The recent announcement by the US Securities and Exchange Commission (SEC) that it’s reviewing the conflict minerals provision of the Dodd-Frank Act will have come as welcome news to many companies.
Complying with Section 1502 of the 2010 Act, which requires annual reporting on the sources of tin, tantalum, tungsten and gold used from the Democratic Republic of the Congo and neighboring countries, has proved both difficult and expensive.
Hundreds of millions of dollars and millions of staff hours have been incurred by firms in an effort to determine the origins of these minerals in their supply chains, according to researchers. And yet despite this investment, most have been unable to ascertain whether their products are actually “conflict free”.
On 31 January, the SEC’s acting chairman, Michael Piwowar, announced a review of what he called “this misguided rule”, partially relaxed in 2014 following a legal challenge by the US Chamber of Commerce and National Association of Manufacturers.
Supply Chain’s Dilemma
Piwowar’s move, which is part of a wider attack on Dodd-Frank and business regulation in general by President Trump’s new administration, may eventually lead to the conflict minerals disclosure requirement being axed altogether.
One could imagine that future targets might include the provisions of the Trade Facilitation and Trade Enforcement Act 2015 that require companies to ensure that imports of goods and raw materials (including the four conflict minerals) into the US have not been produced using child or forced labor – an equally difficult task given the complexity of multi-tier global supply chains.
The central question this raises for supply chain leaders is whether a lighter regulatory environment means they can safely scale back sustainability and corporate responsibility initiatives, and in particular those that involve deep visibility and mapping of upstream suppliers.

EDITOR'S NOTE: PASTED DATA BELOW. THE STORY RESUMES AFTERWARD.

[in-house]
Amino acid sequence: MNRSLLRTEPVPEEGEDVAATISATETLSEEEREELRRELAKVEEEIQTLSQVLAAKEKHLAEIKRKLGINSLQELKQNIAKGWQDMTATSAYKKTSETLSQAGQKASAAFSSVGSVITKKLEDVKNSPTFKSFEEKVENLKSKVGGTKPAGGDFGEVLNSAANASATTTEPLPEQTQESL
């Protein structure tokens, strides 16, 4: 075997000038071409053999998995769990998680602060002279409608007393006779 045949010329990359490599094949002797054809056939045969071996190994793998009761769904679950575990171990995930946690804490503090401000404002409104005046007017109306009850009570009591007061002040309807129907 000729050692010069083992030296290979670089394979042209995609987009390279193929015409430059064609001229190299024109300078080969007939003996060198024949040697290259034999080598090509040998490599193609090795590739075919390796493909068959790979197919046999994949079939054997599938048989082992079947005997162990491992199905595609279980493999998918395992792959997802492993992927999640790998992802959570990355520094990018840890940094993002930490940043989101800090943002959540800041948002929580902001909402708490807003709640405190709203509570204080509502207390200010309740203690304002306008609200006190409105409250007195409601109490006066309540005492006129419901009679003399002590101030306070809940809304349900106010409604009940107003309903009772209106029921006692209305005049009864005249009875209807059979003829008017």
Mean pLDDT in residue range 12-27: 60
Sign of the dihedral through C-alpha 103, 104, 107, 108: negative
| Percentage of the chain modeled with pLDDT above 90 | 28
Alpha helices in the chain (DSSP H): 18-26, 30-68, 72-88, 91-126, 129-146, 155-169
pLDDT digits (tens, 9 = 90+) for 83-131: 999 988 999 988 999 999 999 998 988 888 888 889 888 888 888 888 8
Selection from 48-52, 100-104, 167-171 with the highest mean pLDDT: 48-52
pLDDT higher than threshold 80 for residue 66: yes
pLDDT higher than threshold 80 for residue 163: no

I believe this would be a mistake. And here’s why.
How Big a Driver is Government Regulation?
SCM World’s research over the past five years shows that legal/regulatory issues are consistently among the most worrisome risks for supply chain professionals.
Our time-series data also point to a steady increase in those who judge government regulation as a reason why their boards choose to invest in social and environmental responsibility (SER). In 2011, 42% thought it motivated them. In 2016, it was 55%.
Having said that, legal requirements rank only third after customer image/brand equity (at 81%) and cost/efficiency savings (61%), which has risen more dramatically over the same period. So complying with regulations is an important reason – but by no means the most important reason – to invest in SER initiatives.The picture also varies quite a bit by industry. Almost three-quarters of respondents in hi-tech say regulation is a driver, while those in aerospace & defense and automotive – two other sectors impacted by the conflict minerals disclosure requirement – are well above average on this question.
By contrast, just 37% of apparel makers see regulation as an SER driver, and they’re more worried about the risk of supplier ethical standards being “exposed as unsatisfactory” than other sectors. At the same time, apparel is bullish about the business benefits of ensuring a responsible supply chain. More than half (55%) of practitioners in the sector report financial payback from their investments in ethical sourcing, in addition to it being “the right thing to do”, and 48% say the same about fair labor standards. (Across all sectors, the figures are 32% and 31% respectively.)
Traceability and Assurance
Whether traceability is enshrined in law or not, consumers and B2B customers increasingly want to know what’s in the products they buy and how they were manufactured, whether they be clothes, electronic devices or foodstuffs.
They want to do business with companies that use the planet’s resources responsibly and treat the people who work for them (directly and indirectly) with respect.
Assurance of supply, especially for scarce minerals and other raw materials, is another good reason why CSCOs and their organizations need a more comprehensive view of the sources and producers involved in their supply chains than they had in the past.
A healthy, sustainable business requires proactive management of these closely intertwined factors, as illustrated in the graphic above, to limit the frequency and scale of both physical disruptions and reputational damage.
So while any changes to conflict minerals or other disclosure laws will naturally lead companies to reassess their practices and priorities, they shouldn’t deflect them from the wider mission of operating more transparent and trustworthy supply chains.